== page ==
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Sabarimala verdict on entry of women not the last word, says Chief Justice Bobde

The court on Wednesday had agreed to list Fathima’s plea next week after it was mentioned by senior lawyer Colin Gonsalves. On September 28 last year, the Supreme Court had struck down a law barring entry of women in the age group of 10-50 years into the hill shrine in Kerala.

Updated: Dec 05, 2019 15:01 IST

By Murali Krishnan, Hindustan Times New Delhi

The September 2018 judgment of the Supreme Court permitting women to enter the Sabarimala Ayyappa temple in Kerala is not the last word on the issue, Chief Justice of India SA Bobde remarked on Thursday (Vivek R Nair/HT File Photo )

The September 2018 judgment of the Supreme Court permitting women to enter the Sabarimala Ayyappa temple in Kerala is not the last word on the issue, Chief Justice of India SA Bobde remarked on Thursday when hearing a plea by a Kerala woman seeking protection to enter the temple.

Bindu Ammini had moved the Supreme Court seeking directions to be issued to Kerala government to ensure that the September 2018 judgment is implemented and women are ensured safe passage to the temple.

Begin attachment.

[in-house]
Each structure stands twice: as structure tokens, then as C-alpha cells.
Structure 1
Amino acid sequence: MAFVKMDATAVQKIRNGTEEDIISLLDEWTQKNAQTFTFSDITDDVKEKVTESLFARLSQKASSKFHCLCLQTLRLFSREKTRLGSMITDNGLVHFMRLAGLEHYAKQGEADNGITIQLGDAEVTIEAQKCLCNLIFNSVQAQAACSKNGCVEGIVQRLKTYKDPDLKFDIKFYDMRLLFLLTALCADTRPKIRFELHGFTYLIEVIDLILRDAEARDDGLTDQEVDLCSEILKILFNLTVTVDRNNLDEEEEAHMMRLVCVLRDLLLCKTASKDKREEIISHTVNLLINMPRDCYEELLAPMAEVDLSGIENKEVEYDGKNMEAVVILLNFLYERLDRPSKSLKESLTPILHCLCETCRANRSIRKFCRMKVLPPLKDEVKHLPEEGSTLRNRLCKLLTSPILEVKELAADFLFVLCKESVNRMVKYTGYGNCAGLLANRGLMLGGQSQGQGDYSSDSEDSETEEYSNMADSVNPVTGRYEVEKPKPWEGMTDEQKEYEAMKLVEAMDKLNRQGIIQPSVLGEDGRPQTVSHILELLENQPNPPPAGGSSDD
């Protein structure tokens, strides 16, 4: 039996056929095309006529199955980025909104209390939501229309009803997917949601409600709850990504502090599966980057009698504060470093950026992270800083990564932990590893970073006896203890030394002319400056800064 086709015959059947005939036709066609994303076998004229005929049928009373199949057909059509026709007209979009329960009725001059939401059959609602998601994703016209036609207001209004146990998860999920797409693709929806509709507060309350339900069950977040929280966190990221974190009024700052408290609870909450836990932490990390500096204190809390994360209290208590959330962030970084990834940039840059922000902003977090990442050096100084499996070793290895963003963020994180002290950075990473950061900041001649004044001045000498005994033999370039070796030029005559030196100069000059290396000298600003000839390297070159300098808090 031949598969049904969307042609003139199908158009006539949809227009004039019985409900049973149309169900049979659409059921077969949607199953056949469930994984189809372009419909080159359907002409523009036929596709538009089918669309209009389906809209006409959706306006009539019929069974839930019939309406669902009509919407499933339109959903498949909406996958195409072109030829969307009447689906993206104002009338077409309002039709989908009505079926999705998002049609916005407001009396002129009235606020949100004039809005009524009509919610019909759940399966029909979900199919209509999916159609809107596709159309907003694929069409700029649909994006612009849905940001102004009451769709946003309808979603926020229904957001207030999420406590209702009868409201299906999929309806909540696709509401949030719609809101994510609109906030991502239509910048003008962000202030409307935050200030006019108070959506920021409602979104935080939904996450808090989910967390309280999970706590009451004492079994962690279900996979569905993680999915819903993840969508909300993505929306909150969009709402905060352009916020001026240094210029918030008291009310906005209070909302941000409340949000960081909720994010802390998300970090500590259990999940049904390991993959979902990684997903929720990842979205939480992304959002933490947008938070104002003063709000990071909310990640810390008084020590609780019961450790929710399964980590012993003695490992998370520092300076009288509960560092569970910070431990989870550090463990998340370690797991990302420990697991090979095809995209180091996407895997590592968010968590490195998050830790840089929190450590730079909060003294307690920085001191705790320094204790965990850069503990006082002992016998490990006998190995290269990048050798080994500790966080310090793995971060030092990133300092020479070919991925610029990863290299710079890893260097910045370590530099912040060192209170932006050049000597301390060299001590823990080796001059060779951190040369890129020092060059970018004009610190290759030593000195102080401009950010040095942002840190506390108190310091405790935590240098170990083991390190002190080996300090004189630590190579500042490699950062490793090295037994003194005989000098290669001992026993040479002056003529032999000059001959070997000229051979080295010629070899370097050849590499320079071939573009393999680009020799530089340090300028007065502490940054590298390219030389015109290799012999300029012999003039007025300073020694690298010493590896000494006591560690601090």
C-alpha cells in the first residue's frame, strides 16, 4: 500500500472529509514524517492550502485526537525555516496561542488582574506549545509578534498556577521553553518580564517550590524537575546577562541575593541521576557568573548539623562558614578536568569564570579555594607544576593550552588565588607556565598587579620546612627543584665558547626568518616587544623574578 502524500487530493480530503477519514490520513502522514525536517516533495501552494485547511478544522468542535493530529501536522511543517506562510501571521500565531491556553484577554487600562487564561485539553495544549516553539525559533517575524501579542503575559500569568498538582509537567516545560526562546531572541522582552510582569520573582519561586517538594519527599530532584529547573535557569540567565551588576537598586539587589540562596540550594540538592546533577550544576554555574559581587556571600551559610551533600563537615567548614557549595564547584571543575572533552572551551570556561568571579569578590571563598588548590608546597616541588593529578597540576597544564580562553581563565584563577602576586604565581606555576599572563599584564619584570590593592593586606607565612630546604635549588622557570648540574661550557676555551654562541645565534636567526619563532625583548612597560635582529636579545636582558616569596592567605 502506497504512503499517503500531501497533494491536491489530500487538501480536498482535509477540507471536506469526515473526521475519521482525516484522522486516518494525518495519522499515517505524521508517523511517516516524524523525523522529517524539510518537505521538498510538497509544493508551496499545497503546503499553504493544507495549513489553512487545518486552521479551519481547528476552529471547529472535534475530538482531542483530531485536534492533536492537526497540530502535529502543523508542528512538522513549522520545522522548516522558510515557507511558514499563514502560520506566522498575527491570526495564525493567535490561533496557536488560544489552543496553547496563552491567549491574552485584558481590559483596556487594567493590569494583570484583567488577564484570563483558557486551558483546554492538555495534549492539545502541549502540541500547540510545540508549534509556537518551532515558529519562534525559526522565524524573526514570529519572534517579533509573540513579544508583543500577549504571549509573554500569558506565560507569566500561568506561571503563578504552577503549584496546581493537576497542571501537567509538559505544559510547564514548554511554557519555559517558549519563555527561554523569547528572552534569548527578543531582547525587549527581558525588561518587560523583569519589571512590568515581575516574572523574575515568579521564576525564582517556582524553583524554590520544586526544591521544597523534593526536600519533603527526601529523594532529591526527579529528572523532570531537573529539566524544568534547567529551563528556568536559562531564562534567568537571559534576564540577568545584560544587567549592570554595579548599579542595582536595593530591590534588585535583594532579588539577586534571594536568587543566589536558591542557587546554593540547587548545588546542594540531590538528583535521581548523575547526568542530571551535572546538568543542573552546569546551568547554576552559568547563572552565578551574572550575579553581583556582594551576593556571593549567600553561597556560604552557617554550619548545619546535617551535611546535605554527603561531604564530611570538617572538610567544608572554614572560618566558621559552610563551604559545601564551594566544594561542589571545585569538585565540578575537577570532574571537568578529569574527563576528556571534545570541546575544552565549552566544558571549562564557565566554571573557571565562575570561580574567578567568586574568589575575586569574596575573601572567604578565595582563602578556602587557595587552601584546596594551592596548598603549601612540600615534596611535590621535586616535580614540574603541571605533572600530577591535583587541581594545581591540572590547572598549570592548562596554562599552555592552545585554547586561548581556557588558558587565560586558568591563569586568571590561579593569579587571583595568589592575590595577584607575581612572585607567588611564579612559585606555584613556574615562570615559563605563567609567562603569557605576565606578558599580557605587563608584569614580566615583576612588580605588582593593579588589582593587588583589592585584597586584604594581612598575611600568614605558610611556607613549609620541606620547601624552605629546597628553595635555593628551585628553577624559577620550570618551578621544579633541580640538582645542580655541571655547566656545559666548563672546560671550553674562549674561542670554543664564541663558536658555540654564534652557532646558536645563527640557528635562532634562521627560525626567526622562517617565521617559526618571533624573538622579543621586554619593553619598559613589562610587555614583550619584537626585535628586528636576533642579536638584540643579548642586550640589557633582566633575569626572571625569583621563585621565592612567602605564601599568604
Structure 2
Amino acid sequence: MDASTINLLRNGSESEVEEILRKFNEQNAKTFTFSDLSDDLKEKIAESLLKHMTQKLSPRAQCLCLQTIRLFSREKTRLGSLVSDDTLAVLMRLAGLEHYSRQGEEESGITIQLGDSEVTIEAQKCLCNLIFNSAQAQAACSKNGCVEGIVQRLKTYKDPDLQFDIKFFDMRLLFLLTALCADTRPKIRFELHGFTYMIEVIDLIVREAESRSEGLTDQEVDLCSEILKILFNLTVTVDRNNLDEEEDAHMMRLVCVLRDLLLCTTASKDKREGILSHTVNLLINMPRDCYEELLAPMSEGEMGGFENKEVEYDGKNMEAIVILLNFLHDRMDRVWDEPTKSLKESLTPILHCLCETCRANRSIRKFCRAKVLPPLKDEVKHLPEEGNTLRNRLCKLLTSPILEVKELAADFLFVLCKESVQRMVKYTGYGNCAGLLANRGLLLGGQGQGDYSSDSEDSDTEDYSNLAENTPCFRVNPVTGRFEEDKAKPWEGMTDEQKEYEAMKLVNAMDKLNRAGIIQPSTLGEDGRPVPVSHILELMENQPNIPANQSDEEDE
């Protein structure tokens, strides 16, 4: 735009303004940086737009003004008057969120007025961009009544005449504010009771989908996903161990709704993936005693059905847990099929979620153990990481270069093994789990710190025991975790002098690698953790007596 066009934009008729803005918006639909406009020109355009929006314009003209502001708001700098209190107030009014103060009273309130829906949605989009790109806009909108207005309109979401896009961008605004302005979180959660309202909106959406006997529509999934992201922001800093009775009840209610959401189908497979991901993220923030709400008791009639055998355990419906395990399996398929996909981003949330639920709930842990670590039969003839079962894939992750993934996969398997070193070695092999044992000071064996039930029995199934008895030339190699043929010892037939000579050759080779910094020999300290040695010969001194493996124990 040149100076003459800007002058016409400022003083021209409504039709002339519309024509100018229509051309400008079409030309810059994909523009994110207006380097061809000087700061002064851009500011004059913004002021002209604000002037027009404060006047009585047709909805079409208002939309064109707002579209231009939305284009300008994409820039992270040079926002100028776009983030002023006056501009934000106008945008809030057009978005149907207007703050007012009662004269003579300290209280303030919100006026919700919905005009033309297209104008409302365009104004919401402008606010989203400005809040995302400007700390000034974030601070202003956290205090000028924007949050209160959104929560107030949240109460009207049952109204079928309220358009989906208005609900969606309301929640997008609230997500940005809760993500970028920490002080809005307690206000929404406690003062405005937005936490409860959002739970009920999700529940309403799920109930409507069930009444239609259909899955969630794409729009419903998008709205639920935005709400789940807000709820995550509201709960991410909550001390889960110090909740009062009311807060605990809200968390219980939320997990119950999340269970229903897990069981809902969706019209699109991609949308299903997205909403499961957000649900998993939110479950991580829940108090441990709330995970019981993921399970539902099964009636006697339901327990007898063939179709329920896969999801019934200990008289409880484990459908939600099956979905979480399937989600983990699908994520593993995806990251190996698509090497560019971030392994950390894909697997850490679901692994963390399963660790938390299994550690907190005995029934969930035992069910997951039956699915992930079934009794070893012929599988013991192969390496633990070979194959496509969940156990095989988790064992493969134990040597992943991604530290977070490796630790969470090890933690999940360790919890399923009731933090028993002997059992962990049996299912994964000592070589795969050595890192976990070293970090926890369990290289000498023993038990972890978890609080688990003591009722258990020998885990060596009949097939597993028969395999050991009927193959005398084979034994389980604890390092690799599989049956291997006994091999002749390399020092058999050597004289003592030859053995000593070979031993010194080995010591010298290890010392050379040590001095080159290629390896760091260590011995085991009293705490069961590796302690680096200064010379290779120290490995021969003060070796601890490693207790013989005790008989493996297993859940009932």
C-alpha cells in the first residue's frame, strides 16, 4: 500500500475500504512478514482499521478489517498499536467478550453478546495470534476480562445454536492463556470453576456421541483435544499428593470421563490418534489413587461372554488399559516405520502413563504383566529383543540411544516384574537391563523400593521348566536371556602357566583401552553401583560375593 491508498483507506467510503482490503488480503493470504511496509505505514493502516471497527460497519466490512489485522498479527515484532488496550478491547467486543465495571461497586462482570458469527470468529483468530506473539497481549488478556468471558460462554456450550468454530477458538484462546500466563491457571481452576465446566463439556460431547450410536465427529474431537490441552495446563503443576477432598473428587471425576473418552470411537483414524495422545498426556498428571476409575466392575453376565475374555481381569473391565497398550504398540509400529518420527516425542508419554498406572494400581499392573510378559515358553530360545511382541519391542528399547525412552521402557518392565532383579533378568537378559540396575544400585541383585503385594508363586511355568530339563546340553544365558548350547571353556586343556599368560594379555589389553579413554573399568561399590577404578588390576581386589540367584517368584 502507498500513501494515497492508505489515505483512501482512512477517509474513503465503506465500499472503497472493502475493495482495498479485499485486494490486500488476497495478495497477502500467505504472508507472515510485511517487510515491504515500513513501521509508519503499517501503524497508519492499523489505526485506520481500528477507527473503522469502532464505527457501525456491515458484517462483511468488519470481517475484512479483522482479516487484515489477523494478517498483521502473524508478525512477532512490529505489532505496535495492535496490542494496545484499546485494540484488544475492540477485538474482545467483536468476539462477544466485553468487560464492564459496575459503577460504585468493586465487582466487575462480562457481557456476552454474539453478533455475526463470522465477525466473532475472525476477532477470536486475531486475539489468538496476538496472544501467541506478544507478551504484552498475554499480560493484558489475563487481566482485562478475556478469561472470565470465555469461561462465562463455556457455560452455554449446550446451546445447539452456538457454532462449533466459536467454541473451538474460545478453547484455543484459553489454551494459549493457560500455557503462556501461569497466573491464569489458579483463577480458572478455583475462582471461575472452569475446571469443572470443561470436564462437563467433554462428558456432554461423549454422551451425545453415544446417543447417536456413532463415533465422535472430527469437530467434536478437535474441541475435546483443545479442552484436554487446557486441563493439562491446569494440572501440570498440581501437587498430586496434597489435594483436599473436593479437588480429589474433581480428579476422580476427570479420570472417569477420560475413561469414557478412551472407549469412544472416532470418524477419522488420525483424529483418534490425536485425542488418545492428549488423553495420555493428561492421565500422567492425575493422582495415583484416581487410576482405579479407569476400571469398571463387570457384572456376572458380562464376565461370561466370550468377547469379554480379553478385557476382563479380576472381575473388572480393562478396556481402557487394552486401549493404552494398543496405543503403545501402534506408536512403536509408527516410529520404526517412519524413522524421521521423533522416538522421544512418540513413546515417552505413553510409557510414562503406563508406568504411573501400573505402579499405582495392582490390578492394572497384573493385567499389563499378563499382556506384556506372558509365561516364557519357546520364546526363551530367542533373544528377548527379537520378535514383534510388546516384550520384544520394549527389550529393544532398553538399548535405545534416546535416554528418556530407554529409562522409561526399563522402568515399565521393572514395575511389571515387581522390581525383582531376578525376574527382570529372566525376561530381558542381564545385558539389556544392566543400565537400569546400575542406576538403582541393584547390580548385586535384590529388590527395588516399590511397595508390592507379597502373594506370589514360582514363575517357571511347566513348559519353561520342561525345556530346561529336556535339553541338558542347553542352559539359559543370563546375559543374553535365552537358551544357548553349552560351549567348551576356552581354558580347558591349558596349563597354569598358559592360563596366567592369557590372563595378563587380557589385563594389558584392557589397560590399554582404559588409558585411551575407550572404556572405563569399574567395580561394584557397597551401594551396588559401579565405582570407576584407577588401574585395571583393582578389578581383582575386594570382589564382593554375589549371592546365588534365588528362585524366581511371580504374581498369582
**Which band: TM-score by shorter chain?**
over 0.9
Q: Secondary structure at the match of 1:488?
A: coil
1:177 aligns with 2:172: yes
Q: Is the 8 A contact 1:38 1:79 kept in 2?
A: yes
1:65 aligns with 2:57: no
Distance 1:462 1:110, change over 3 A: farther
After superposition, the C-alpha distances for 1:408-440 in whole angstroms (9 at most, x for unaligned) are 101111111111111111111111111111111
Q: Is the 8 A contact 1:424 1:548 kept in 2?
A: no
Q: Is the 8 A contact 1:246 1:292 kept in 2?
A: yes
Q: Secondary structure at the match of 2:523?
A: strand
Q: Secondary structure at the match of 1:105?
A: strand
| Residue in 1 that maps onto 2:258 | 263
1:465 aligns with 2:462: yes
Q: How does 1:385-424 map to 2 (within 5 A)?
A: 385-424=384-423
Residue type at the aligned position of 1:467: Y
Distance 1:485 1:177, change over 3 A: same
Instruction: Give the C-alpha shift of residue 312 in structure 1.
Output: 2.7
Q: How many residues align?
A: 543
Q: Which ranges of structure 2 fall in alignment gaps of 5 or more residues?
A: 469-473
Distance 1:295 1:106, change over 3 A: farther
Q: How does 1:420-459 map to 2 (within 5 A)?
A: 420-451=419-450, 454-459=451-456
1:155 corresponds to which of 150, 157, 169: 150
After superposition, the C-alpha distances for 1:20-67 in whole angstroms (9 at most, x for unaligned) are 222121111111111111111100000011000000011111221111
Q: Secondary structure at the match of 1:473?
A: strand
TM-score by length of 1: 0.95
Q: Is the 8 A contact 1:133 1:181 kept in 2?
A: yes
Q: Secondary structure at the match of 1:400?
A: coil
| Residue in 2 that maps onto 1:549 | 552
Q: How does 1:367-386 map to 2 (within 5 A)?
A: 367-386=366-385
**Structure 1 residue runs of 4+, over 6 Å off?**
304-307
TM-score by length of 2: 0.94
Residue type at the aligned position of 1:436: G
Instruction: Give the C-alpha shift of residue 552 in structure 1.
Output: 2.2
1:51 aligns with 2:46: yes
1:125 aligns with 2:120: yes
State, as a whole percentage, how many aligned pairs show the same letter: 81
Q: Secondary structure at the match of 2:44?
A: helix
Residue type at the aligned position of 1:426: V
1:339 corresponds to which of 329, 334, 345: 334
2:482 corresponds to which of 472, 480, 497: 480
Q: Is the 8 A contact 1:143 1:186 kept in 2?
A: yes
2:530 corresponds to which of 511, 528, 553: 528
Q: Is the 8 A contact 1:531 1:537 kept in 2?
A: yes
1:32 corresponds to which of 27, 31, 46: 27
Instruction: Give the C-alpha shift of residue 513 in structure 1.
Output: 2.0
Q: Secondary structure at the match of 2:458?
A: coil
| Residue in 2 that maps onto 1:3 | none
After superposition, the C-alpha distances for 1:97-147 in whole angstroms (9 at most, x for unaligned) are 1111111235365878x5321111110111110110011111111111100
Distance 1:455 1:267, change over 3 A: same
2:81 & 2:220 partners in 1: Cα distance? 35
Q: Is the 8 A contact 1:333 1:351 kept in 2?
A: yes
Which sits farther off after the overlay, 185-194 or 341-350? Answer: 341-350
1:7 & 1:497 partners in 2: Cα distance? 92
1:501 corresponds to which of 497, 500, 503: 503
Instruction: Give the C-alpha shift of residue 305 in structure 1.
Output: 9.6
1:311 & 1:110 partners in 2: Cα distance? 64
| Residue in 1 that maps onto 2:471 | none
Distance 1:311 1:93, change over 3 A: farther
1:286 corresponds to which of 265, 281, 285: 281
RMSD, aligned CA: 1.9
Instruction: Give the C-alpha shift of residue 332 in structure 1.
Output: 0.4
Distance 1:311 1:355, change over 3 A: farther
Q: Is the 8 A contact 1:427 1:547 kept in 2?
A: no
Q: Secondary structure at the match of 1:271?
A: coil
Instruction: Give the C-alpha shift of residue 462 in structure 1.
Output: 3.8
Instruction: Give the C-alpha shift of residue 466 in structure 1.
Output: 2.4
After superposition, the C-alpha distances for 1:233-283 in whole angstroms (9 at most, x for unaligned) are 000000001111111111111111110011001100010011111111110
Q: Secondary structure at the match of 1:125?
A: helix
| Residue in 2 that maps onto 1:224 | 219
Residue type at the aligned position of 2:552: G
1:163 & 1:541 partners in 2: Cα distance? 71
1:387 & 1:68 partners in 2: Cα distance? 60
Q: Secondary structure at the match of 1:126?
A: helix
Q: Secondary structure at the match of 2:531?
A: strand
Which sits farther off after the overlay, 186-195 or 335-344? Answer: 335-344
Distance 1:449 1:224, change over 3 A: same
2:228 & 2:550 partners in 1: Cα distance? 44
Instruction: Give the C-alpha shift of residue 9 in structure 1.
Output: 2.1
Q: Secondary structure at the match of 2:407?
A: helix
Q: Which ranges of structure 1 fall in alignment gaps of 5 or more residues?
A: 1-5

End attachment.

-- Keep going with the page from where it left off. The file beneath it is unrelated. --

Senior Counsel Indira Jaising, appearing for Ammini, mentioned the matter today for early listing since the temple will soon be closed to pilgrims for this season. She said that Ammini was attacked using chemical substances when she was returning after visiting the Police Commissioner.

 Also Watch | Sabarimala case referred to larger SC bench, all-women entry continues



Jaising also pointed out that the Supreme Court judgment of September 2018 had not been stayed.



Chief Justice Bobde then remarked that the judgment of 2018 is not the last word on the issue since a larger Bench will hear the review petitions against the 2018 judgment.

He, however, agreed to hear Ammini’s petition next week along with a similar petition filed by another woman from Kerala, Fathima AS.

The court on Wednesday had agreed to list Fathima’s plea next week after it was mentioned by senior lawyer Colin Gonsalves.

On September 28 last year, the Supreme Court had struck down a law barring entry of women in the age group of 10-50 years into the hill shrine in Kerala.

Subsequently, attempts by the Left government in Kerala to implement the judgment of the court led to widespread protests and violence in the state.

After the Supreme Court decided to place a review of the Sabarimala verdict before a larger bench, the Kerala government decided to wait for a clear-cut and final verdict before extending protection to women who wanted to exercise their right in the face of opposition from traditionalists and temple priests.

The review petitions against the 2018 judgment are pending before the Supreme Court and will be decided after the court answers similar issues in three other cases relating to Muslim and Parsi women.

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